Having broken faith to color,
to you I give the compaction of my stanzas,
line conceived by perfection
is the ascetic square of thought.
To shed additional light on the nature of the artist and the man we find a significant poem about the blending of colors, which ends in two sharp, conscious-laden lines:
A strangely luminous intellectual perception of joy as of a surface-skimming whiff of colors in the lap of Eros, and of Thanatos as a gust of death and pain stabs one's awareness like an etching needle.
At this point it would be impossible to pass over in silence the meeting of two arts in the persons of Ran-nit and Estonian engraver Wiiralt. Eduard Wiiralt's theory in art and his inspiration seem to have been forces that brought Aleksis Rannit's somewhat dormant creative under-currents to the surface, giving them a fresh impulse. While writing of Wiiralt, Rannit can hardly be silent about line, thus continuing to observe that peculiar union of motion and matter. In the poem about Wiiralt entitled "He works slowly", Rannit tries to summarize the antithetic qualities in this concept:
— cutting blow of a whip, line — most tender
line — blueness of the sky, — wild hurricane,
line — fearful outcry, — silence of an industrious monk,
line — an angel's smile and Satan's gloom.
The poet expresses his gratitude to Wiiralt in the poem "So I always see you":
are silent today. But you have told me much
about it — that the only thing worthy of the name of Art
is submission. And strictness of measure.
And sifting. And definition. And degree.
In these lines, it is pleasant to note that Rannit writes in a language in which the antithetic rhyme for "stom" is "form" as in English. It is, however, even more heartening to find in Estonian poetry a eulogy to our great etcher-engraver which we could proudly use for his epitaph:
The perception of line carries
Aleksis Rannit still farther into the world of intellect, into the
background of cognitive methods, right to the point of Cartesian
thought, which makes him write about Rene Descartes in the following
Yes, only an intense, will-directed,
discovering thought can congeal into ice the passions of man; all the
confusion of his emotions must be overcome in order to "reach the
Number". Logic strives for dry lucidity, the spiritual key to life
which determines the music of reason, in which the agony melts into a
new order of sublimity.
We have arrived at the gates of mathematics, at the frontier of that most peculiar continent of thought which is remote from the "pastures" of Eros and Thanatos. Although such an intellectual concept of life has been shaped and crystallized in Rannit's most recent collection of poetry entitled Dry Radiance, it had already flashed forth in his second book of verses, Handclasp (Kaesurve), published some twenty years ago. Now it has burst into light again through a classical consciousness of art:
is the thought that numbers are soulless,
that systems are justly despised.
No, synthesis tells us to carry on our shoulders
the laws carved in stone.
Their strictness is not changed by the desire to gad about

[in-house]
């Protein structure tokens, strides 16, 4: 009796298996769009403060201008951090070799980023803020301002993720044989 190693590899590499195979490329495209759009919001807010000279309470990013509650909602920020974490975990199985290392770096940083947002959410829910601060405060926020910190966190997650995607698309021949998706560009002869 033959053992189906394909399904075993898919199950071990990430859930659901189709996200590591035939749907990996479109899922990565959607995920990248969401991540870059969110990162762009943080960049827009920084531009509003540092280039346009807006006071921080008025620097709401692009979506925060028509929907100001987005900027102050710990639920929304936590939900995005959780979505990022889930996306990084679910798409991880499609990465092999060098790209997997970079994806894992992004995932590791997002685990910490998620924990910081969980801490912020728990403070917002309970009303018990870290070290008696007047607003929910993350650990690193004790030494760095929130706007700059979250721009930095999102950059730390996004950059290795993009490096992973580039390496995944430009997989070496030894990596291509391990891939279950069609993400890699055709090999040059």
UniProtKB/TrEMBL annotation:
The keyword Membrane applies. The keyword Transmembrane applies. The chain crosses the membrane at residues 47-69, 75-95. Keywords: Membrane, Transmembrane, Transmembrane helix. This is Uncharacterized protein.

or to simulate fine acrobatics.
Durer: music of intellect,
Wiiralt: mathematics of soul.
Thus, long ago, the poet had come to the realization that any creation, far from being an isolated accident, is a convergence of several art disciplines leading toward the same goal, with the emotive and the spiritual, mathematics and music, joining forces.
Of such a relationship Aleksis Rannit speaks in the poem "Paul Cezanne" by making the painter use the following imagery:
is the crisp blueness of cubes,
timelessly verdant in time;
he is a wrinkled tablecloth in which only I can see
the verdant snow
of mountain peaks.
A wrinkled tablecloth and the snow of mountain peaks — two very different visual experiences between which the imagination creates a particular creative tissue. Such connective tissues linking contrasting images without being subject to any laws of nature are in evidence in Rannit's poetry, in symbols like "the evening ashes of waves", "the icy flame of form", "boil into cold metal", "freezing gold of passion", "the radiance of extinct eyes", "my mouth will never see your shores", "you were born of waves, will become a wave of stone", "the tenderness which is based on concrete". Such antithetic and yet synthetic, unifying tissues, however, can be formed only by avoiding the labyrinths of emotions, and digging a straight main channel, as Aleksis Ran-nit does in order to catch the core of Georges Braque's art:
the luring storm
into the mirror of
— "I like only
The straightening out of emotion, the
stretching of what is whirling into direction reveals a classical
comprehension of and approach to the creative process.
This brings to mind the ancient Greeks, who became so irritated by the river Maiandres (Meander) in Asia Minor, which wound around itself, that they designated a border ornament consisting solely of right angles and straight lines and called it a "meander" to counterbalance this purposeless whirling of nature.
Although Aleksis Rannit's striving for intense and clearly outlined form is classical, his sensibility is nonetheless almost romantically wide in scope. It could be said that his poetry is a fusion of classicist purity of form, simplicity and clarity on the one hand, and the opulence of content and diversity of elated thoughts on the other. Thus he has attained a pointedly cultivated yet animated and fluent verse structure.